In the case of women in advertising, which I think is interesting is that when it is media advertising or entertainment, it is wrong for women to be sexualised. Yet it seems strange to me that there have been many charity campaigns where women are posed in sexualised manners to raise awareness for these causes. Unusually this seems to be acceptable to campaigners and the wider public. Maybe I am being naive here, but surely campaigns by PETA using well known slim and well sculpted women in the media to pose seductively while naked with tag lines such as ‘want my body, go vegetarian’ or ‘ “I always fake it” I’d never wear fur’ are just as ‘bad’ as campaigners claim lads mags are on women’s self-esteem and self image? It is not just PETA that use this method to gain awareness for their campaigns. Victoria Beckham, Kate Upton and Miley Cyrus have all posed nude in arguably sexualised ways for t-shirt prints to raise awareness for skin cancer. There are many many more examples of this occurring, yet we rarely, if ever, hear the outcry and disbelief aimed in that direction.
Another issue that I think arises out of this campaign is the claim that the availability and viewing of lads mags contribute to rape culture and sexual violence. This is an extremely strange claim to make considering that no research study so far has demonstrated reliable evidence, that has not later been disproved, that non-violent pornography or lads mags contribute to sexual violence or rape, instead a tenable link has been shown between watching violent pornography and an increased chance of sexual violence (Sumner, 2011). In my view I think lads mags are very much ‘non-violent’, something which I think many others would agree, and thus this claim that lads mags increase sexual violence is unfounded.
It is further interesting that women who view pornography are not included in this theory. It has been suggested that more and more women are looking at pornography. Therefore, if we are being equal about things, if looking at lads mags and other pornography makes men more likely to rape and be sexually violent then it must be the same effect for women. If commentators then turn around and suggest that women would not behave in such a way then this is merely creating what campaigners are fighting against: gender stereotypes.
But the inequalities are not just relating to men in this campaign. What of the women? The campaign is telling us that it is wrong for women to be objectified and sexualised. What if that is what some women want? When it comes to sex, part of sex is the objectification of the other partner. You view then as an attractive being that you want to gain pleasure from. In my experience, and my reading of academic literature, it is a very very small proportion of the male population who cannot differentiate between sex and real life. To me, it seems that suggesting that men either objectify or do not objectify is extremely reductionist and creates an unnecessary stereotype that men are one dimensional and unable to recognise the context of a situation. Furthermore if, as the campaigners suggest, we are striving for equality then we must understand that if men can objectify women, then women can objectify men. But by telling men that women cannot be objectified, but men can be, then an inequality has been created by pushing the men down a level so that the women can rise up, as opposed to the women rising up to meet the level of men. As I said at the beginning of the paragraph, an inequality is being made for women just as much as men. For those women who wish to be objectified by others, then this campaign is creating a problem for those women. It is encouraging the population to look down on the content of magazines, some of which is women choosing to pose in the magazine. This to me is a very subtle form of slut shaming, suggesting that it is wrong for women to be posing or looked at in that manner. Not only that, but it is undoing much of the work of the early feminists who worked hard to give women the choice to be who or what they wanted.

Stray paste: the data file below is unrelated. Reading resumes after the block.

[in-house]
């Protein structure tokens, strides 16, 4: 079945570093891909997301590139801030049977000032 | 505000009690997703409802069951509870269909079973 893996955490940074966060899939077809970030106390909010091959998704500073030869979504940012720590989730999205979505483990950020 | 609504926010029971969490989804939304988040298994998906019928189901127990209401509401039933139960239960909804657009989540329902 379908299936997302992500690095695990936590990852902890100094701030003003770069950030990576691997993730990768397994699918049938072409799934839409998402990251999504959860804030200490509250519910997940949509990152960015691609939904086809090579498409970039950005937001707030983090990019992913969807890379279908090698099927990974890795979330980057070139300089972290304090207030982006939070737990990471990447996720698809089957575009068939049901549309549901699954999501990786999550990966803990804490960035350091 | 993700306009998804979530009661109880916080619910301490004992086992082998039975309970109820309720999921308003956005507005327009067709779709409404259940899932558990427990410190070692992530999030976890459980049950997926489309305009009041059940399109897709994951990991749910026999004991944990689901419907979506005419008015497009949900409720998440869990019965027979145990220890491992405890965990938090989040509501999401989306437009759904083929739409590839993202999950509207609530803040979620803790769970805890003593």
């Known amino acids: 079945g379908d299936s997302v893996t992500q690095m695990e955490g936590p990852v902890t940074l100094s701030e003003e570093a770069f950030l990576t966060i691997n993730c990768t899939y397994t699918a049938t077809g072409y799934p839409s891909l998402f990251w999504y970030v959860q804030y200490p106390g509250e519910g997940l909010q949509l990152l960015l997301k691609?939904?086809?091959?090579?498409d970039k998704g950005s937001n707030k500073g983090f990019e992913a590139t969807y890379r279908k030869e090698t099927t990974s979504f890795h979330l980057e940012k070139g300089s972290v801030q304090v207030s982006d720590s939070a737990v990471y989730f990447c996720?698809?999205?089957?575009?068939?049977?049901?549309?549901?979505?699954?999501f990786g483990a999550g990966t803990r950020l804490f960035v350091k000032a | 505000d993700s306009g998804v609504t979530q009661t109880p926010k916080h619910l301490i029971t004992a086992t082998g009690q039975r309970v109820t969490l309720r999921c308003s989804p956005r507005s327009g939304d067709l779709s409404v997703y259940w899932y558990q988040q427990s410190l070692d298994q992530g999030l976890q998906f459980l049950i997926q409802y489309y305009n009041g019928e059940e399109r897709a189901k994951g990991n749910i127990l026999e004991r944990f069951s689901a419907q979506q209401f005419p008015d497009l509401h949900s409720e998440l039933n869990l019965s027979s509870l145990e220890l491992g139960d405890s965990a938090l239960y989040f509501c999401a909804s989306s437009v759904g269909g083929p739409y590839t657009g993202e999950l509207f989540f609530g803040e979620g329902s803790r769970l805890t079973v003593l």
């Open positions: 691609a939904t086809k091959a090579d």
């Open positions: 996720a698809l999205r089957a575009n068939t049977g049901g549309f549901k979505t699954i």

All in all I feel that this campaign is damaging. It is reducing the freedoms of men and women and thus creating more inequality than equality. However, with my points and opinions I feel that I am part of a small voice swimming against a sea of the many.
N.B. – If you are interested in the argument that I have made against the campaign to remove lads mags there are several other written pieces that may be of interest. In particular a forum post on The Escapist I found particularly interesting as well as an article on The Guardian by Julie Bindel.